•• Abraham models for us a desirable attitude, that we offer our very best unto the Lord — “fine flour ... a choice, tender calf”. It is human nature, typically, to spend most of our day dedicated to our own pursuits. God often gets only the “leftovers” of our time, energy, and devotion. But Abraham shows us that we should dedicate our best to each of our daily encounters with God. Jesus told us that the first and greatest commandment is to love God with everything that is in us (Matthew 22:36-38).
•• Notice the exemplary respect and deference that Abraham showed towards God — “While they ate, he stood near them under a tree” (vs. 8). I have at times been dismayed by the casual, nonchalant attitude towards God that I have seen in some Christians, at times almost as if they felt that they and God were just “buddies”.
Vss. 9-10 “Where is your wife Sarah?” they asked him. “There, in the tent,” he said.  Then the LORD said, “I will surely return to you about this time next year, and Sarah your wife will have a son.” Now Sarah was listening at the entrance to the tent, which was behind him.
•• “Sarah your wife will have a son.” God shows Himself to be the God of what man considers impossible! When Sarah gave birth to Isaac, she was about 90 years old and Abraham 100! The message? Never limit God.
•• How can such things happen? The answer is simple; the accomplishment of any of God’s promises rests with Him, not with us — “I [God] will surely return to you...” No matter how formidable the obstacle, no matter how staggering the need, if God says, “I will do it!” then you can depend on Him to fulfill what He has spoken.
Vs. 10 “I will surely return to you about this time next year...”
•• “this time next year” — God has a timing for all things. Ecclesiastes 3:1 says, “There is a time for everything, and a season for every activity under heaven.” God is not arbitrary or random. He has wisdom, order, and timing for His activities and intervention in the lives of His people.
Vss. 11-15 ... So Sarah laughed to herself as she thought, “After I am worn out and my master is old, will I now have this pleasure?”  Then the LORD said to Abraham, “Why did Sarah laugh and say, ‘Will I really have a child, now that I am old?’  Is anything too hard for the LORD? I will return to you at the appointed time next year and Sarah will have a son...”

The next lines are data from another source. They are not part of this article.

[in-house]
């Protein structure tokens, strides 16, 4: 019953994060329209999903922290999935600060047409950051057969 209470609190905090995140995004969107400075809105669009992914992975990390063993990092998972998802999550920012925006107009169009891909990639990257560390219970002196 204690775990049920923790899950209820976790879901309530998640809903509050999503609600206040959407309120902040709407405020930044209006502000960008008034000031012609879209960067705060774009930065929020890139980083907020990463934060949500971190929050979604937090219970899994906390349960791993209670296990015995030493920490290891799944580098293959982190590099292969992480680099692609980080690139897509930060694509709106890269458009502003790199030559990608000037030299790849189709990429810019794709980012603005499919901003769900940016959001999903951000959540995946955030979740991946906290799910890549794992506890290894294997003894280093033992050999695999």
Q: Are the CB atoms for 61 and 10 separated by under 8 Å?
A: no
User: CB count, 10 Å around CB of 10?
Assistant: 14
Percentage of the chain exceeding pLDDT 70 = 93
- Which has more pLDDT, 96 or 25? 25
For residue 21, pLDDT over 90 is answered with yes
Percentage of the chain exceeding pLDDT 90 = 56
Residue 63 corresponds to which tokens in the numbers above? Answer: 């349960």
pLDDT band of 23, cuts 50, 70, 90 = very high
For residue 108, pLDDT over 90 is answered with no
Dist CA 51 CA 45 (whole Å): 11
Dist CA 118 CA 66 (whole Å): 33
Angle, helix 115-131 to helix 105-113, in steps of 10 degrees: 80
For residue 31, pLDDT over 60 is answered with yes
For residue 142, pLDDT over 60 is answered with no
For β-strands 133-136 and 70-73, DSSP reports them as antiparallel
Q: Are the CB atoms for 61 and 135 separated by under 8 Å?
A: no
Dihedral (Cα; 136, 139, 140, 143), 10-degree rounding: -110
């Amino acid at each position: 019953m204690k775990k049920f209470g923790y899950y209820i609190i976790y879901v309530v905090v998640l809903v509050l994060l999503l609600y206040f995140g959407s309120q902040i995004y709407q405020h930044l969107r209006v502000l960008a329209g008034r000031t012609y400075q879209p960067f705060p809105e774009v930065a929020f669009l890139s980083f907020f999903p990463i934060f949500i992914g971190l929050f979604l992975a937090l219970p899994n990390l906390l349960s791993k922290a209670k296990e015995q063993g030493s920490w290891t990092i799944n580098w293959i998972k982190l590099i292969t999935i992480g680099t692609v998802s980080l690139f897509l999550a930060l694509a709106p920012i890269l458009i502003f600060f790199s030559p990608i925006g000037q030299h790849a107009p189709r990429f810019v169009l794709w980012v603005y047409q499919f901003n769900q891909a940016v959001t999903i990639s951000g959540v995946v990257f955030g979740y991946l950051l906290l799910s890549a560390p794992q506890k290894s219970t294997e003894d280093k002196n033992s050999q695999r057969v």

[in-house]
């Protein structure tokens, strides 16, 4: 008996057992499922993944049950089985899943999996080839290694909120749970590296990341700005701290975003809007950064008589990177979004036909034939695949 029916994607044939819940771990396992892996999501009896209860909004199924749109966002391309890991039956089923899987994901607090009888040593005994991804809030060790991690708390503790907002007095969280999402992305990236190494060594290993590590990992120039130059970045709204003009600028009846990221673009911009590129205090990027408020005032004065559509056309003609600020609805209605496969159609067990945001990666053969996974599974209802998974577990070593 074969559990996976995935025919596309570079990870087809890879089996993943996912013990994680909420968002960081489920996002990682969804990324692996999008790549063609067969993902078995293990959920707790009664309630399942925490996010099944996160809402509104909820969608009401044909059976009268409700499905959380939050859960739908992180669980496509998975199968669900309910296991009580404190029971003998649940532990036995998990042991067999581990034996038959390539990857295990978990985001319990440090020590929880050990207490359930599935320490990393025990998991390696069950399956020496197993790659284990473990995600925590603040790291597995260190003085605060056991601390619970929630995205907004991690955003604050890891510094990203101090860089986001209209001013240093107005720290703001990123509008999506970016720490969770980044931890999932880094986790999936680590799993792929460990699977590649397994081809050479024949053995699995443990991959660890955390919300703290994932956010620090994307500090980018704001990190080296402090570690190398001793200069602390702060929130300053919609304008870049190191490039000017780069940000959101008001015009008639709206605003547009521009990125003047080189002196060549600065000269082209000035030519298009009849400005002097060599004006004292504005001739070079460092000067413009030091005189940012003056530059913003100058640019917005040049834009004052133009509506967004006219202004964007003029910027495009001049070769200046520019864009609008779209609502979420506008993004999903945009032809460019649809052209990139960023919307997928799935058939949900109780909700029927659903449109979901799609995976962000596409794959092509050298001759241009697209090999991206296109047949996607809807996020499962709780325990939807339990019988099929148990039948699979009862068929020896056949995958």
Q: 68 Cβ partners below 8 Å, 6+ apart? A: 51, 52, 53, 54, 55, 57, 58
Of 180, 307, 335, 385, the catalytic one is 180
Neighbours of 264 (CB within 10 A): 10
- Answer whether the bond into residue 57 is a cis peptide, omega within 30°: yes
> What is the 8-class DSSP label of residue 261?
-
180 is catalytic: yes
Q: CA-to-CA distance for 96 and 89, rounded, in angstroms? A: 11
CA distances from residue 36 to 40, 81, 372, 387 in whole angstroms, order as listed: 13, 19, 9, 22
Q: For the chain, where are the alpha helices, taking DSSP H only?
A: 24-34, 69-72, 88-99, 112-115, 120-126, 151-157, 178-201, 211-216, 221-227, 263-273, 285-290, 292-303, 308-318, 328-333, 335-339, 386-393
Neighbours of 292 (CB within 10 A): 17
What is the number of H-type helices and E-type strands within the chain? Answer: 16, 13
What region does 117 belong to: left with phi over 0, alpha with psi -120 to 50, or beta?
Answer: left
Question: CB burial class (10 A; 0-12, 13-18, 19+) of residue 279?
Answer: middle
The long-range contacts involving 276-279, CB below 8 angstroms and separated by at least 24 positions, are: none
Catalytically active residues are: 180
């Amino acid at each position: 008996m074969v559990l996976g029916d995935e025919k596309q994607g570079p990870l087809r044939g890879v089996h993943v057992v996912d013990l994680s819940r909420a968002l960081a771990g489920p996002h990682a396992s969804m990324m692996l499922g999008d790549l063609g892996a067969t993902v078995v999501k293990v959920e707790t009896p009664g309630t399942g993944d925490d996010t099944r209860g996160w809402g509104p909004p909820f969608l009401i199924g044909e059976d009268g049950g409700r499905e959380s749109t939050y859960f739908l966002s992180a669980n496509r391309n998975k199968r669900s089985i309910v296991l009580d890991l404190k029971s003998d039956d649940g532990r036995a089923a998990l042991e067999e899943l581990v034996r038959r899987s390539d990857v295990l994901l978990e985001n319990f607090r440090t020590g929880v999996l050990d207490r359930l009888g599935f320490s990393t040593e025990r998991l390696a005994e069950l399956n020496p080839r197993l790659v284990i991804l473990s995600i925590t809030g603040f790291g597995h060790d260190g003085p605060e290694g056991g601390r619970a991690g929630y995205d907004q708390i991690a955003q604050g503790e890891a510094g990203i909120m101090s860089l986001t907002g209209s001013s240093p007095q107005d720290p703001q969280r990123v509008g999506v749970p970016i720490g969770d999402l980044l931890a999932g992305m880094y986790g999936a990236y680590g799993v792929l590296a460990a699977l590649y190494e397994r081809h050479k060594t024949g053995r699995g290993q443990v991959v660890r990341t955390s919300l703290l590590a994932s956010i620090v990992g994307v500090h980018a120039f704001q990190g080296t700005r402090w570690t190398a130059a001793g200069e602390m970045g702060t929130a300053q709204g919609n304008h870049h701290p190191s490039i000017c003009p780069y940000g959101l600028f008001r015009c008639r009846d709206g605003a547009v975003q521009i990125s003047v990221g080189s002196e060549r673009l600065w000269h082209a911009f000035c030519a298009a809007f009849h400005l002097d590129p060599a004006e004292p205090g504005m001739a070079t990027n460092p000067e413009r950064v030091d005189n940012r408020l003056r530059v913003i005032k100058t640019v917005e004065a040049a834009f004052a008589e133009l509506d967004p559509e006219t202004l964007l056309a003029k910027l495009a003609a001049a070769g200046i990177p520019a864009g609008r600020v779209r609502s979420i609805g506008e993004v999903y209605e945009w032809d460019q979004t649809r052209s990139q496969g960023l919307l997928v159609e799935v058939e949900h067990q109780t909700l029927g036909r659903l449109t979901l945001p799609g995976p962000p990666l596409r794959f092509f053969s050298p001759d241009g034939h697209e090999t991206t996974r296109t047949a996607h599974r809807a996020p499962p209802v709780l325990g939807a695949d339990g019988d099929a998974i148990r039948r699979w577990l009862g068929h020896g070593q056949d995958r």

•• “Sarah laughed.” Doubters often make light of God’s great promises. And sadly, the doubters are not always found among unbelievers. Remember Thomas, one of Jesus’ hand-picked apostles, who chose initially to disbelieve the testimony of Jesus’ resurrection (John 20:24-25). As a result, even now, 2,000 years later, he is still called “Doubting Thomas”!
•• In the face of Sarah’s unbelief, the Lord replied, “Is anything too hard for the Lord? ... Sarah will have a son.” Believer, that is His word to you today, too. No matter how seemingly insurmountable your problem is, God says to you, if you will receive it, “Is anything too hard for the Lord?” Absolutely not!“Hath He spoken, and shall He not make it good?” (Numbers 23:19, KJV). If God has made a promise, He can and will fulfill it.
Vss. 16-17 When the men got up to leave, they looked down toward Sodom, and Abraham walked along with them to see them on their way.  Then the LORD said, “Shall I hide from Abraham what I am about to do?
•• “Abraham walked along with [the Lord]”. The small word “with” is very important here. We don’t want just to have sporadic meetings with God. No, we want to walk with God, to pursue the presence of God, to cultivate regular fellowship with Him in prayer, in praise, in His word, in gathering with other believers to worship, and so forth.
•• And when we do that, when we walk consistently with God, He tends to reveal His mind to us — “Shall I hide from Abraham what I am about to do?” And God did not hide it, but in the following verses took Abraham into His confidence and revealed His plans to him. These revelations come to those who strive to have ongoing, regular, personal encounters with God.